By Oliver Smith on Tuesday 17 March 2020
A knock-on impact of the coronavirus interest base rate cuts.
As central banks around the world slash their interest rates, the actions are having a knock-on effect with digital banks, particularly in Australia.
Earlier this month we saw Xinja turning away new customers for its 2.25 per cent savings account, a measure that continues to be in effect.
Now local rivals 86 400, Up and Volt Bank are slashing their own savings rates in response to the Reserve Bank of Australia cutting interest rates to a record low of 0.5 per cent on 3 March.
86 400 echoed the Reserve Bank’s 0.25 per cent reduction on Friday by cutting its own rates from 2.25 per cent to 2 per cent.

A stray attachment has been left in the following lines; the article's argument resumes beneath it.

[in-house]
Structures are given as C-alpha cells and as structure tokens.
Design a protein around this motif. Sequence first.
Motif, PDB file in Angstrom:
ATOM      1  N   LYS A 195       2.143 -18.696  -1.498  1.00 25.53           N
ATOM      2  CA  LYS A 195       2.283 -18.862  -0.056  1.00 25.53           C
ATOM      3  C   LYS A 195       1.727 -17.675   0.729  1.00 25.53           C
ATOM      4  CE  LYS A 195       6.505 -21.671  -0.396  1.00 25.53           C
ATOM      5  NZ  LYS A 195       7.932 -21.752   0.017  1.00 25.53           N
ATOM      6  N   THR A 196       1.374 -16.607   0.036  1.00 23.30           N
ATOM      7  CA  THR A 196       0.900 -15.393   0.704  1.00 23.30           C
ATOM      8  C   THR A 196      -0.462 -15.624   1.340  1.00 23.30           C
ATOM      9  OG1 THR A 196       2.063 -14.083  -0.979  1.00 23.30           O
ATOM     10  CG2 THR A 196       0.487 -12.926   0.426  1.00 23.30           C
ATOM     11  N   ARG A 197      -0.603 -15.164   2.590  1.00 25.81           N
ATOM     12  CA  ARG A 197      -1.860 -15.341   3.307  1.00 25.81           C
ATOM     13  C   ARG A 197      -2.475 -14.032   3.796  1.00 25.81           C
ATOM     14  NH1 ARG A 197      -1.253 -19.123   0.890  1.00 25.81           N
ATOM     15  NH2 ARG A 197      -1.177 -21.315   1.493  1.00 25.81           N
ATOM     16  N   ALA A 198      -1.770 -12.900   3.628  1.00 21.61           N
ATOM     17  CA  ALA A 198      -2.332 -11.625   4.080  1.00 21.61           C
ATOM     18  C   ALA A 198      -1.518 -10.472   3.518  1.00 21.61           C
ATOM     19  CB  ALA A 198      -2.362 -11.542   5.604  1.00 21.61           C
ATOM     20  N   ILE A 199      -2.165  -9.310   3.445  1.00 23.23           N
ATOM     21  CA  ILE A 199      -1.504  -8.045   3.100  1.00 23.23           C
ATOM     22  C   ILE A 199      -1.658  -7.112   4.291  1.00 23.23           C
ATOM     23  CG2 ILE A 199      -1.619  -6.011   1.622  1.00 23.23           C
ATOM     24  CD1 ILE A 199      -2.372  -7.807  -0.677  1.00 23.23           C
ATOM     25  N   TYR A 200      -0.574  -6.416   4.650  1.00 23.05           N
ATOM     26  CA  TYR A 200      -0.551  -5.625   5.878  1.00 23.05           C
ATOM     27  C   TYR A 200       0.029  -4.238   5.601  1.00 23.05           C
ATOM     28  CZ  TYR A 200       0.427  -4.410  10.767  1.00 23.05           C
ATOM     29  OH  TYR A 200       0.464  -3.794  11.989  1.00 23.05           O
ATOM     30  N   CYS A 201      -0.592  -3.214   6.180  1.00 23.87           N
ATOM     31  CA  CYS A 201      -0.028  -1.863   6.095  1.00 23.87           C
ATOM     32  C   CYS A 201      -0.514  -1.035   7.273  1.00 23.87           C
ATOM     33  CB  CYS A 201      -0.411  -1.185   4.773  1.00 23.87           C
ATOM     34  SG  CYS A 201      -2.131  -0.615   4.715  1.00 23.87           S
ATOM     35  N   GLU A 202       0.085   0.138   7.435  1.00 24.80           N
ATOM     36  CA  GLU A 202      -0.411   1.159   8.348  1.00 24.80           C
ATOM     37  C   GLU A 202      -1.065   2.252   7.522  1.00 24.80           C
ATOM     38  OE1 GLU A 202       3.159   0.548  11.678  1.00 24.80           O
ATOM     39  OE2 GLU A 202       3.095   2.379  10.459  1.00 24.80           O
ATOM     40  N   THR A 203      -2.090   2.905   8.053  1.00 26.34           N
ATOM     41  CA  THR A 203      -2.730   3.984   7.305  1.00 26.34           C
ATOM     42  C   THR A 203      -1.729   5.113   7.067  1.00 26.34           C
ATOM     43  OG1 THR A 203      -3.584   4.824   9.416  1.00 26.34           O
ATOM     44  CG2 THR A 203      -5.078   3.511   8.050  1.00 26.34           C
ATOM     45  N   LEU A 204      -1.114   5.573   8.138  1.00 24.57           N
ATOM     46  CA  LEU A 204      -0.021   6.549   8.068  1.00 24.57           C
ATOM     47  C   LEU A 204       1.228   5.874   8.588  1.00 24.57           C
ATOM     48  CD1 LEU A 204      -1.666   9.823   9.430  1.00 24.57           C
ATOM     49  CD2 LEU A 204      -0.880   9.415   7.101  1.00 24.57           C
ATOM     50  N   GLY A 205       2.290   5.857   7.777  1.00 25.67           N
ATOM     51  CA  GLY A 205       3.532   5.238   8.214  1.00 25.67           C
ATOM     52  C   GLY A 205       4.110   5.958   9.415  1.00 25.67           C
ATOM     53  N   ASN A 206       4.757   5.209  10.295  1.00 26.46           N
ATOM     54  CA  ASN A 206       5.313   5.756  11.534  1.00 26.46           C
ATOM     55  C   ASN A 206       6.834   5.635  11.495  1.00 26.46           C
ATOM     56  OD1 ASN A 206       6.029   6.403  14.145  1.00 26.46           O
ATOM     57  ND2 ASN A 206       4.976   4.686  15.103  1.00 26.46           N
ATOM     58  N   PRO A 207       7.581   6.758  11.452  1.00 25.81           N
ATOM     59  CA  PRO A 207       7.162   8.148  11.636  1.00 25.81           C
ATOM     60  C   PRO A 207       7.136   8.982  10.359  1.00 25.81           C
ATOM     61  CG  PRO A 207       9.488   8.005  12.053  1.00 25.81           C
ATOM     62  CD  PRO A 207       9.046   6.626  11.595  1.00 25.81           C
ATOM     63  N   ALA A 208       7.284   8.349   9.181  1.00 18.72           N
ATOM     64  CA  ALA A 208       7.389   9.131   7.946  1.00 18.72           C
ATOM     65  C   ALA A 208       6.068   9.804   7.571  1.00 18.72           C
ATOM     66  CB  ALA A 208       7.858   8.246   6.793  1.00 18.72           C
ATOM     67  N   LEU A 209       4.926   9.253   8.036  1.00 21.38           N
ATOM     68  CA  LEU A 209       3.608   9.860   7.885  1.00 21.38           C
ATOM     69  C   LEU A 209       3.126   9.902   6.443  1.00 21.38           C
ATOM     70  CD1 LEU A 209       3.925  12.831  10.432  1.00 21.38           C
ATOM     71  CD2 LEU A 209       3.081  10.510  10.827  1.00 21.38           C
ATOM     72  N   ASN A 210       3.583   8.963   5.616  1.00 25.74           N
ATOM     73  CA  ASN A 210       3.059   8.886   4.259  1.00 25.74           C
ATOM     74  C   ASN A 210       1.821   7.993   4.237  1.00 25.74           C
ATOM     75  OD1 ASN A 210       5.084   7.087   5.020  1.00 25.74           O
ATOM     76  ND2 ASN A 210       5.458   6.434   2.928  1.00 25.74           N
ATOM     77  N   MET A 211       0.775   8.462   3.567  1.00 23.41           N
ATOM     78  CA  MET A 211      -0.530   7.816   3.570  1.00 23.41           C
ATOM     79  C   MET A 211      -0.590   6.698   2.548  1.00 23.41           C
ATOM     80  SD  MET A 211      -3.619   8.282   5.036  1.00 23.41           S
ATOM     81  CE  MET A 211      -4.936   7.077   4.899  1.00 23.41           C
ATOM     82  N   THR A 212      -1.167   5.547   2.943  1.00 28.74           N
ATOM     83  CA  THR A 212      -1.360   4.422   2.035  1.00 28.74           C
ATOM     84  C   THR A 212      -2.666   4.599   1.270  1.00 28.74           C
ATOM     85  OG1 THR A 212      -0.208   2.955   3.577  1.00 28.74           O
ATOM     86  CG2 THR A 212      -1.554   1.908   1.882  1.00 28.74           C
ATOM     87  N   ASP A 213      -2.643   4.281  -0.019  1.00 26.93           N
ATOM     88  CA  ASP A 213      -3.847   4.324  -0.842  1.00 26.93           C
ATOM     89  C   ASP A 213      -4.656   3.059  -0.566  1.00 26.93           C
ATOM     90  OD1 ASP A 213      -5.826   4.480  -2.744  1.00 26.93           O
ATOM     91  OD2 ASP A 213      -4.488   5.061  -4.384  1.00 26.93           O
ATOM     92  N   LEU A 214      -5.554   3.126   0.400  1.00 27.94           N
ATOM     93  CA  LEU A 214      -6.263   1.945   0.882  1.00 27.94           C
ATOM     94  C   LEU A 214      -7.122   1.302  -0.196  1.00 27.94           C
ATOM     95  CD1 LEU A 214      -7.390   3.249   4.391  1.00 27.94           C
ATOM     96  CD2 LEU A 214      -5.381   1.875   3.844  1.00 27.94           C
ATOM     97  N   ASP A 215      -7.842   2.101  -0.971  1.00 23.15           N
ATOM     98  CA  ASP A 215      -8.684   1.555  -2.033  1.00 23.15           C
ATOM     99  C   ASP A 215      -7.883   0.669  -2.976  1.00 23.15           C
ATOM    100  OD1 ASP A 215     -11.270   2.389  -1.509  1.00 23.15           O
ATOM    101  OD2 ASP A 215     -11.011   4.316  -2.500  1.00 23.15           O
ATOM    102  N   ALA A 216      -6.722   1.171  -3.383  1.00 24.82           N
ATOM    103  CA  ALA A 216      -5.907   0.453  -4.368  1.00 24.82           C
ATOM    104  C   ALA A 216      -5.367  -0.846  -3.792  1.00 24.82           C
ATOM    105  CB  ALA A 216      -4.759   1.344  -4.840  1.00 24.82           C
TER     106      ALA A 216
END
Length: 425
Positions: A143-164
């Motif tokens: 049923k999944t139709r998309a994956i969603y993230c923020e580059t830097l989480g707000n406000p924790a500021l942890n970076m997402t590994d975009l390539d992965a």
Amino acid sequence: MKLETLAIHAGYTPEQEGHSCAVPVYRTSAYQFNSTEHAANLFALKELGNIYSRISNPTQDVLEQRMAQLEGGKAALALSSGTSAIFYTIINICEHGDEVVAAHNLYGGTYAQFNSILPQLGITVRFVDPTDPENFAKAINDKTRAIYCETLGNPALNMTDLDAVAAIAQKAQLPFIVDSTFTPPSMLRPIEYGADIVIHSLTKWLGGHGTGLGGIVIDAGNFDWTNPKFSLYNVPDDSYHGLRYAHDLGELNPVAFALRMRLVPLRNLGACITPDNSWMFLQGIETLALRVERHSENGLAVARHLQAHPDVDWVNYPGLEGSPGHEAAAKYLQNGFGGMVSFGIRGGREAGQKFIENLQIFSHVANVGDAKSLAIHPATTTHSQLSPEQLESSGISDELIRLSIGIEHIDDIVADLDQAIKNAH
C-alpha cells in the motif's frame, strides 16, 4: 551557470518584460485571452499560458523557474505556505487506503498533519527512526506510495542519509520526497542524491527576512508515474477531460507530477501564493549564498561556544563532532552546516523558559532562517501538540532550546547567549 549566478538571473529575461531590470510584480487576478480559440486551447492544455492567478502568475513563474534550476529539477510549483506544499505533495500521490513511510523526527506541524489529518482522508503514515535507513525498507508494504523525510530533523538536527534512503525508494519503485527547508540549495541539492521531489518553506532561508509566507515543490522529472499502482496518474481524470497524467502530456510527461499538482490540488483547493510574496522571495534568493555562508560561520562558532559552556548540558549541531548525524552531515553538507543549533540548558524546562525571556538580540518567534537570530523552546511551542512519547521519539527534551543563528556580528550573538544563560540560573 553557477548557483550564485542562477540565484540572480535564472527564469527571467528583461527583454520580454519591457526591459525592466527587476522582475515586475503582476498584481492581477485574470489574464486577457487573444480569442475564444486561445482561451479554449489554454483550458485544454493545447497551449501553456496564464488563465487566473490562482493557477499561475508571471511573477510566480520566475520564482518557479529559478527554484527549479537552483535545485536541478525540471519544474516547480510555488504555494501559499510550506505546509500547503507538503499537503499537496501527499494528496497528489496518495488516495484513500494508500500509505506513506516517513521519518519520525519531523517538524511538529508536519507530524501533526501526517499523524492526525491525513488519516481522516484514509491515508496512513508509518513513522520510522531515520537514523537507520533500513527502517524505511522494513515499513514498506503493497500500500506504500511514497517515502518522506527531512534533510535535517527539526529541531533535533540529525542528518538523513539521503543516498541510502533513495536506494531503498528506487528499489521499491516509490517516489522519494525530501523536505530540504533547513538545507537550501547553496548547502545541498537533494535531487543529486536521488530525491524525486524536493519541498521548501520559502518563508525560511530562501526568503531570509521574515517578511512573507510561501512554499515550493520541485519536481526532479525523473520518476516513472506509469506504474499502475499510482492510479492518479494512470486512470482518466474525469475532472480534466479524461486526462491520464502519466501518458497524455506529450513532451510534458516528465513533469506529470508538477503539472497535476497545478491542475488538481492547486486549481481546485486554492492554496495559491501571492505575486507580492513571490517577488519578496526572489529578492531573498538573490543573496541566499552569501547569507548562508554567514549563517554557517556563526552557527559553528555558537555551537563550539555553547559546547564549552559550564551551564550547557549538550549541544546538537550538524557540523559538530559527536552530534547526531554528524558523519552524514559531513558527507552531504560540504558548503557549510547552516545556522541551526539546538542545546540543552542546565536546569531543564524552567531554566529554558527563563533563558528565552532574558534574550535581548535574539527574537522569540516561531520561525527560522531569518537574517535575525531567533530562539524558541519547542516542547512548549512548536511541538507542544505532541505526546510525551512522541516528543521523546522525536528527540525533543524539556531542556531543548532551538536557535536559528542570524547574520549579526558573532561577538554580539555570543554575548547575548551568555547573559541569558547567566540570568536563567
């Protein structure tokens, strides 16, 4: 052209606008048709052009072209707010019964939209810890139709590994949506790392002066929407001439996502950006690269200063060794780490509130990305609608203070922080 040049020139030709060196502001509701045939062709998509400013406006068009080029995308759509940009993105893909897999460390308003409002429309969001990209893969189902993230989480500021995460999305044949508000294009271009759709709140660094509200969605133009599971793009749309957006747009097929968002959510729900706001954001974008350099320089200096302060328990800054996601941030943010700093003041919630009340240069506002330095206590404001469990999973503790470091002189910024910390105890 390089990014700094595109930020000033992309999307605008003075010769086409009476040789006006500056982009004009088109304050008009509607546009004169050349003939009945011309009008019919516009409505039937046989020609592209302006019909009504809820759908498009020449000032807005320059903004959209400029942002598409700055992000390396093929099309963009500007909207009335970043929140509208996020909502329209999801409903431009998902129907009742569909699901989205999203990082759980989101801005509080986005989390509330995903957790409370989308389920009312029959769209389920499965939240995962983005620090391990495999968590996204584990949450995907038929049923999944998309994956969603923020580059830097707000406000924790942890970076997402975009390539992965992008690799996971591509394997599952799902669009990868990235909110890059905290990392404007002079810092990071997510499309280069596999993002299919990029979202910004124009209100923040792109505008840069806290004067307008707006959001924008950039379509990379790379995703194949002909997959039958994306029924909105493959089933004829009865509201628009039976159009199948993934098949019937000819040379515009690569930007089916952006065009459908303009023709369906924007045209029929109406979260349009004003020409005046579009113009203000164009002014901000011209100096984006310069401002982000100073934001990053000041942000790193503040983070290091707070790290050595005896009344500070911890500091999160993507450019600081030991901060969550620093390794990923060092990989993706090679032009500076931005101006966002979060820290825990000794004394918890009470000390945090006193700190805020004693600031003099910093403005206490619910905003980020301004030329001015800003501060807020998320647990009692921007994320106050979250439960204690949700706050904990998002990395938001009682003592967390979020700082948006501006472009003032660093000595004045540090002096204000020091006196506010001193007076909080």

Over the weekend Volt Bank likewise reduced its savings account from 2.15 per cent to 1.90 per cent, and Up similarly cut its savings account rate from 2.25 per cent to 2 per cent.
In a statement Volt’s CEO and co-founder Steve Weston explained: “We are acutely aware of the need for the Australian public to trust neobanks to do the right thing for our customers.”
“This includes building a viable and financially sustainable business over the longer-term. In this endeavour, the responsible move right now is to cut our rate.”
Xinja resisted cutting its own rate, arguing that it would be like “hurting existing customers while chasing new ones”, but given the sustained economic crisis is set to continue for the foreseeable future it’ll be interesting to see how long that decision lasts.